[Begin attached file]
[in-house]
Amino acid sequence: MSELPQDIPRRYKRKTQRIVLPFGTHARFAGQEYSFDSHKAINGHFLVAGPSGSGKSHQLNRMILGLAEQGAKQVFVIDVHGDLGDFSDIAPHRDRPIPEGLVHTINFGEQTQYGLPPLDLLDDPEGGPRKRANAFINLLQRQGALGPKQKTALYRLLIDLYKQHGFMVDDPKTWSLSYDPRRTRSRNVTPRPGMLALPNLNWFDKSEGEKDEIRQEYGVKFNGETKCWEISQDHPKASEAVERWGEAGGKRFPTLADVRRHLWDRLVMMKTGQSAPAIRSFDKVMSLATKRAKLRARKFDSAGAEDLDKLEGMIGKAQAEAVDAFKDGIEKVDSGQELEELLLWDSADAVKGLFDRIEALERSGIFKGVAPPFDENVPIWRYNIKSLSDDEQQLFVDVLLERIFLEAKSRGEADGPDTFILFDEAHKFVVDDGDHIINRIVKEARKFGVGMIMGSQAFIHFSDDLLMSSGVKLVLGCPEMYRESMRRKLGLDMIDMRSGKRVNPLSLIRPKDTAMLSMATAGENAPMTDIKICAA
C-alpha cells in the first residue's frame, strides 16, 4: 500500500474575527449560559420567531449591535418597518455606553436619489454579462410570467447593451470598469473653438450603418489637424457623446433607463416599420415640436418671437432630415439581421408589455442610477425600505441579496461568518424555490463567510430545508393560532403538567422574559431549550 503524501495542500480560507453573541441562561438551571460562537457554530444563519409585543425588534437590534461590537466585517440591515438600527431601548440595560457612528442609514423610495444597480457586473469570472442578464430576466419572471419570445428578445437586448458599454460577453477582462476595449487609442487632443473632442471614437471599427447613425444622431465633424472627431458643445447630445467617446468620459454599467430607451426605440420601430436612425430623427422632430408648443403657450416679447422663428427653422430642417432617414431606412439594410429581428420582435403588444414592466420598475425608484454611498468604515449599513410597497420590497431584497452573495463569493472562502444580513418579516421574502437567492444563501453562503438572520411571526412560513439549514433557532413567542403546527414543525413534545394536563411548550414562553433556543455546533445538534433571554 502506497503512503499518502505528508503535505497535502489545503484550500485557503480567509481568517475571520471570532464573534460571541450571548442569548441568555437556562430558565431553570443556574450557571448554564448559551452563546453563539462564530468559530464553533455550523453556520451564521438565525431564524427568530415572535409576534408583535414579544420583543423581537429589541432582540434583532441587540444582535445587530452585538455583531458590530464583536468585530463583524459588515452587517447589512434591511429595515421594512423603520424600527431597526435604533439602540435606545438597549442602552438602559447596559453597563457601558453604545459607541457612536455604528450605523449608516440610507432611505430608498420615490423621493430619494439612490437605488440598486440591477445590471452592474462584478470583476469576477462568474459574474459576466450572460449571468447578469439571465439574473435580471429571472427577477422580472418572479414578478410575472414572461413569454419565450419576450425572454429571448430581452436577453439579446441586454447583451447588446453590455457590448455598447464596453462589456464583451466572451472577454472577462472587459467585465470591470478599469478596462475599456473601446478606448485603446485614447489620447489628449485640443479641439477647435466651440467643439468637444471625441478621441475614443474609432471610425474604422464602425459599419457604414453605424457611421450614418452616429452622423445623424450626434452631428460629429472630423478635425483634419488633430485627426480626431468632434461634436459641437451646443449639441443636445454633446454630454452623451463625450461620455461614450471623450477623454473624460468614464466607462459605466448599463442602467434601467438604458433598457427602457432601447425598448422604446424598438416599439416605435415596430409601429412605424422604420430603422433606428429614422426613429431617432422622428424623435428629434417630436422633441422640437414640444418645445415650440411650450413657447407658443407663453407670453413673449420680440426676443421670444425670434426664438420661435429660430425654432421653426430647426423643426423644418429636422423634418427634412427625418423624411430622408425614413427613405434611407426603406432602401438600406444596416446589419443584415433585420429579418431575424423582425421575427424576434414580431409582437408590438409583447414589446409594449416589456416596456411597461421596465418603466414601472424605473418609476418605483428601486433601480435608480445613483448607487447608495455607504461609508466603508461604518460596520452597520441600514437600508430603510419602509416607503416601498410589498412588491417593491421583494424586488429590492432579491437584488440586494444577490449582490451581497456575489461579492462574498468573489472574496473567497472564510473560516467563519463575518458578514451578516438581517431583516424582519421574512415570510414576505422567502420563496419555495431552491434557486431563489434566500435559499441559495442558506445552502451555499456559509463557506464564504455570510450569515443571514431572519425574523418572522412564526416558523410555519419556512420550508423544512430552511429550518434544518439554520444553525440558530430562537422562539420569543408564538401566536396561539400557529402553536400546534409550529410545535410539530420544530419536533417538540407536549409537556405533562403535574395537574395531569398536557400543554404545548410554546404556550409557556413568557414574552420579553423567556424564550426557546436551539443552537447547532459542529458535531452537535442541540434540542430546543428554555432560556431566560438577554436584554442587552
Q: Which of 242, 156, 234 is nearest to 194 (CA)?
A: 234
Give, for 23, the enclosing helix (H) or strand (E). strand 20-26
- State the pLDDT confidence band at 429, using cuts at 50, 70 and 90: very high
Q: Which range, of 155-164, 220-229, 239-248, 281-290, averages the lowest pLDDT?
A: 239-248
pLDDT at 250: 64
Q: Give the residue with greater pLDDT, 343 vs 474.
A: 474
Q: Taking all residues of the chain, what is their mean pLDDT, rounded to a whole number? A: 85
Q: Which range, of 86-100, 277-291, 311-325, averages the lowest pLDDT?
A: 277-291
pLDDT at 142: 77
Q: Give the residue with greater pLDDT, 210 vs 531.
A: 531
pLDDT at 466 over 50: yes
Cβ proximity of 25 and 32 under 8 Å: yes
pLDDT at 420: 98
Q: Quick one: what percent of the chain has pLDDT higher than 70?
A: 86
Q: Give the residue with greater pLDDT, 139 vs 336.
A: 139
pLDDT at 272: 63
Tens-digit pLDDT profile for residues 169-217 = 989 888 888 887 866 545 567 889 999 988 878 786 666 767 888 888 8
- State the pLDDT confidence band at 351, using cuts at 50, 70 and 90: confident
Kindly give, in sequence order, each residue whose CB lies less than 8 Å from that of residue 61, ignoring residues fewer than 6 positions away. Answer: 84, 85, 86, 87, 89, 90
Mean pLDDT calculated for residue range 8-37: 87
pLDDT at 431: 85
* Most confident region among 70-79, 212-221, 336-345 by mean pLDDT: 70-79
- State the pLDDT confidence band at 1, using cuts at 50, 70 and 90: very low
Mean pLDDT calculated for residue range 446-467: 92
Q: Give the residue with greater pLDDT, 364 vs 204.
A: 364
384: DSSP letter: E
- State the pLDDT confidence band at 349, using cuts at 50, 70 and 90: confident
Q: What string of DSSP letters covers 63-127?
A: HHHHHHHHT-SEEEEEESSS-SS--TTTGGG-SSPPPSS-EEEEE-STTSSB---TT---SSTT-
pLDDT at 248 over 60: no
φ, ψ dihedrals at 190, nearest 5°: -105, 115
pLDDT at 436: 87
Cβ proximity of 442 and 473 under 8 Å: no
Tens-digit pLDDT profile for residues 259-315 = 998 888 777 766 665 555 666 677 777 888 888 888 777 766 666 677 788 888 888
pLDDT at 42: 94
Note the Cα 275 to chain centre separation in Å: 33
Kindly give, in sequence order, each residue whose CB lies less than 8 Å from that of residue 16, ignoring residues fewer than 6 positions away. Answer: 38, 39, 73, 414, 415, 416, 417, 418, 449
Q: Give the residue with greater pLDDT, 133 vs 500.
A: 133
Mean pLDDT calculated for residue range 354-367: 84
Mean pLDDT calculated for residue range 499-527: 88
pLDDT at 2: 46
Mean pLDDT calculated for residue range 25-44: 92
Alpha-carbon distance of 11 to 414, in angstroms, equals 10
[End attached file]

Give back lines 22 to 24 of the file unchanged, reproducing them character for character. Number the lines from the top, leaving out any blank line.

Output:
Q: Quick one: what percent of the chain has pLDDT higher than 70?
A: 86
Q: Give the residue with greater pLDDT, 139 vs 336.